Sirtuin or Sir2 proteins are a class of proteins that possess either mono-ribosyltransferase, or deacylase activity, including deacetylase, desuccinylase, demalonylase, demyristoylase and depalmitoylase activity. Sirtuins regulate important biological pathways in bacteria, archaea and eukaryotes. The name Sir2 comes from the yeast gene 'silent mating-type information regulation 2', the gene responsible for cellular regulation in yeast.
Sirtuins have been implicated in influencing a wide range of cellular processes like aging, transcription, apoptosis, inflammation  and stress resistance, as well as energy efficiency and alertness during low-calorie situations. Sirtuins can also control circadian clocks and mitochondrial biogenesis.
Yeast Sir2 and some, but not all, sirtuins are protein deacetylases. Unlike other known protein deacetylases, which simply hydrolyzeacetyl-lysine residues, the sirtuin-mediated deacetylation reaction couples lysinedeacetylation to NAD hydrolysis. This hydrolysis yields O-acetyl-ADP-ribose, the deacetylated substrate and nicotinamide, itself an inhibitor of sirtuin activity. The dependence of sirtuins on NAD links their enzymatic activity directly to the energy status of the cell via the cellular NAD:NADH ratio, the absolute levels of NAD, NADH or nicotinamide or a combination of these variables.
Whereas bacteria and archaea encode either one or two sirtuins, eukaryotes encode several sirtuins in their genomes. In yeast, roundworms, and fruitflies, sir2 is the name of the sirtuin-type protein. This research started in 1991 by Leonard Guarente of MIT. Mammals possess seven sirtuins (SIRT1-7) that occupy different subcellular compartments such as the nucleus (SIRT1, -2, -6, -7), cytoplasm (SIRT1 and SIRT2) and the mitochondria (SIRT3, -4 and -5).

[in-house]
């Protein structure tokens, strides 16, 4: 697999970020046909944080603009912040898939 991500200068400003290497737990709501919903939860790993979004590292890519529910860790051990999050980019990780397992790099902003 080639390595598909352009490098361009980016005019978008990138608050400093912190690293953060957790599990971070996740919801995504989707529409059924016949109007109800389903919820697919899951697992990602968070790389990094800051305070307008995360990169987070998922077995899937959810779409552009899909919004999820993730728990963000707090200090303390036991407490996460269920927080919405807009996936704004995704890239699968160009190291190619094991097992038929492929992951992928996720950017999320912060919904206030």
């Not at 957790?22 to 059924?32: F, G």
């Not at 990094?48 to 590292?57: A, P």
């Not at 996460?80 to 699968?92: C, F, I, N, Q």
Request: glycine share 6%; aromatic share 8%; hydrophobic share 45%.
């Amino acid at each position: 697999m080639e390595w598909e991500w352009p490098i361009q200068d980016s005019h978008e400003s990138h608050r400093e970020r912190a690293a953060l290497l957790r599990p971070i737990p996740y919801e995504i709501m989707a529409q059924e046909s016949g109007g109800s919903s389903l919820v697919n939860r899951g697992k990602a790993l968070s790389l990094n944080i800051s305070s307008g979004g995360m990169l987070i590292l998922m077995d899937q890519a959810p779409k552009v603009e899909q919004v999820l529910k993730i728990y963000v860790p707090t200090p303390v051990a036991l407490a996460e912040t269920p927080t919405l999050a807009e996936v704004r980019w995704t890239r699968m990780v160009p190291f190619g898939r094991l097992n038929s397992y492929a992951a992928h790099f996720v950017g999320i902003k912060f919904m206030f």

The first sirtuin was identified in yeast (a lower eukaryote) and named sir2. In more complex mammals, there are seven known enzymes that act in cellular regulation, as sir2 does in yeast. These genes are designated as belonging to different classes, depending on their amino acid sequence structure. Several Gram positive prokaryotes as well as the Gram negative hyperthermophilic bacterium Thermotoga maritima possess sirtuins that are intermediate in sequence between classes. These are placed in class U.
Sirtuin activity is inhibited by nicotinamide, which binds to a specific receptor site, so it is thought that drugs that interfere with this binding should increase sirtuin activity. Development of new agents that would specifically block the nicotinamide-binding site could provide an avenue for development of newer agents to treat degenerative diseases such as cancer, Alzheimer's, diabetes, atherosclerosis, and gout.
SIRT1 deacetylates and coactivates the retinoic acid receptor beta that upregulates the expression of alpha-secretase (ADAM10). Alpha-secretase in turn suppresses beta-amyloid production. Furthermore, ADAM10 activation by SIRT1 also induces the Notch signaling pathway, which is known to repair neuronal damage in the brain.
Sirtuins have been proposed as a chemotherapeutic target for type II diabetes mellitus.
Preliminary studies with resveratrol, a possible SIRT1 activator, have led some scientists to speculate that resveratrol may extend lifespan. Further experiments conducted by Rafael de Cabo et al. showed that resveratrol-mimicking drugs such as SRT1720 could extend the lifespan of obese mice by 44%. Comparable molecules are now undergoing clinical trials in humans.
Cell culture research into the behaviour of the human sirtuin SIRT1 shows that it behaves like the yeast sirtuin Sir2: SIRT2 assists in the repair of DNA and regulates genes that undergo altered expression with age. Adding resveratrol to the diet of mice inhibit gene expression profiles associated with muscle aging and age-related cardiac dysfunction.
A study performed on transgenic mice overexpressing SIRT6, showed an increased lifespan of about 15% in males. The transgenic males displayed lower serum levels of insulin-like growth factor 1 (IGF1) and changes in its metabolism, which may have contributed to the increased lifespan.
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